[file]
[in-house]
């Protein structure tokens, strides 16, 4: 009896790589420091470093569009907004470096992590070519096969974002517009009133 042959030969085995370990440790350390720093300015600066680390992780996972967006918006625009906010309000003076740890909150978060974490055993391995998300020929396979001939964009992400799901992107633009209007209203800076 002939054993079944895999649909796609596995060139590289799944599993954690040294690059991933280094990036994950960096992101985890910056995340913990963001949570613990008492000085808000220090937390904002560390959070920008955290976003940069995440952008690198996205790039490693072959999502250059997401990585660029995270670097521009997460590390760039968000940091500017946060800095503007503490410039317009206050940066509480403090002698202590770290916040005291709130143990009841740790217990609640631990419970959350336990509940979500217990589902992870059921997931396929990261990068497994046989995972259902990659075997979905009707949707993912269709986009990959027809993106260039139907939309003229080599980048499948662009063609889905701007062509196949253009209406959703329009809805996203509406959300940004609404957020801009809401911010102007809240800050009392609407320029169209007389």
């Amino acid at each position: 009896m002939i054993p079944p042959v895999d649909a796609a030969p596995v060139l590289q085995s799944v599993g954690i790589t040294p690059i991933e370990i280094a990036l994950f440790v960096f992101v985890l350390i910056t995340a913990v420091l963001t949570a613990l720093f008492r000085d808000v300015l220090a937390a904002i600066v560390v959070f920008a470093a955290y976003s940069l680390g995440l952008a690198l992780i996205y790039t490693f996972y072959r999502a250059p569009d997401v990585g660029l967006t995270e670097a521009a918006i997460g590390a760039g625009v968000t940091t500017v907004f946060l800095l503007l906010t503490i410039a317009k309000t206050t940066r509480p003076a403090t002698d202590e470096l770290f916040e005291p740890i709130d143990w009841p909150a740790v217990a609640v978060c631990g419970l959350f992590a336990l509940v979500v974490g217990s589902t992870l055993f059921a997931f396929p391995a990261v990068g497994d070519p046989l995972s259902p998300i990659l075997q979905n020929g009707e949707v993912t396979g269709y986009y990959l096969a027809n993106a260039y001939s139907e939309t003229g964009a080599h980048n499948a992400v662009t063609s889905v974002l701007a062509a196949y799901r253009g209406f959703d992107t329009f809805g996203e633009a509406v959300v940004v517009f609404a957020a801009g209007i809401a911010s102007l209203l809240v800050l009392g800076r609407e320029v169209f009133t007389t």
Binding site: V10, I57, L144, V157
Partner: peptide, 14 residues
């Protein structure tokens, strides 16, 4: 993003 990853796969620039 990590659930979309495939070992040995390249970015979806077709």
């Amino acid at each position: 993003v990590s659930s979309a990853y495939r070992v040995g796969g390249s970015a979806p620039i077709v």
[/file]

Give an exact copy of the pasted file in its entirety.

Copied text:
[in-house]
């Protein structure tokens, strides 16, 4: 009896790589420091470093569009907004470096992590070519096969974002517009009133 042959030969085995370990440790350390720093300015600066680390992780996972967006918006625009906010309000003076740890909150978060974490055993391995998300020929396979001939964009992400799901992107633009209007209203800076 002939054993079944895999649909796609596995060139590289799944599993954690040294690059991933280094990036994950960096992101985890910056995340913990963001949570613990008492000085808000220090937390904002560390959070920008955290976003940069995440952008690198996205790039490693072959999502250059997401990585660029995270670097521009997460590390760039968000940091500017946060800095503007503490410039317009206050940066509480403090002698202590770290916040005291709130143990009841740790217990609640631990419970959350336990509940979500217990589902992870059921997931396929990261990068497994046989995972259902990659075997979905009707949707993912269709986009990959027809993106260039139907939309003229080599980048499948662009063609889905701007062509196949253009209406959703329009809805996203509406959300940004609404957020801009809401911010102007809240800050009392609407320029169209007389």
């Amino acid at each position: 009896m002939i054993p079944p042959v895999d649909a796609a030969p596995v060139l590289q085995s799944v599993g954690i790589t040294p690059i991933e370990i280094a990036l994950f440790v960096f992101v985890l350390i910056t995340a913990v420091l963001t949570a613990l720093f008492r000085d808000v300015l220090a937390a904002i600066v560390v959070f920008a470093a955290y976003s940069l680390g995440l952008a690198l992780i996205y790039t490693f996972y072959r999502a250059p569009d997401v990585g660029l967006t995270e670097a521009a918006i997460g590390a760039g625009v968000t940091t500017v907004f946060l800095l503007l906010t503490i410039a317009k309000t206050t940066r509480p003076a403090t002698d202590e470096l770290f916040e005291p740890i709130d143990w009841p909150a740790v217990a609640v978060c631990g419970l959350f992590a336990l509940v979500v974490g217990s589902t992870l055993f059921a997931f396929p391995a990261v990068g497994d070519p046989l995972s259902p998300i990659l075997q979905n020929g009707e949707v993912t396979g269709y986009y990959l096969a027809n993106a260039y001939s139907e939309t003229g964009a080599h980048n499948a992400v662009t063609s889905v974002l701007a062509a196949y799901r253009g209406f959703d992107t329009f809805g996203e633009a509406v959300v940004v517009f609404a957020a801009g209007i809401a911010s102007l209203l809240v800050l009392g800076r609407e320029v169209f009133t007389t």
Binding site: V10, I57, L144, V157
Partner: peptide, 14 residues
């Protein structure tokens, strides 16, 4: 993003 990853796969620039 990590659930979309495939070992040995390249970015979806077709």
């Amino acid at each position: 993003v990590s659930s979309a990853y495939r070992v040995g796969g390249s970015a979806p620039i077709v």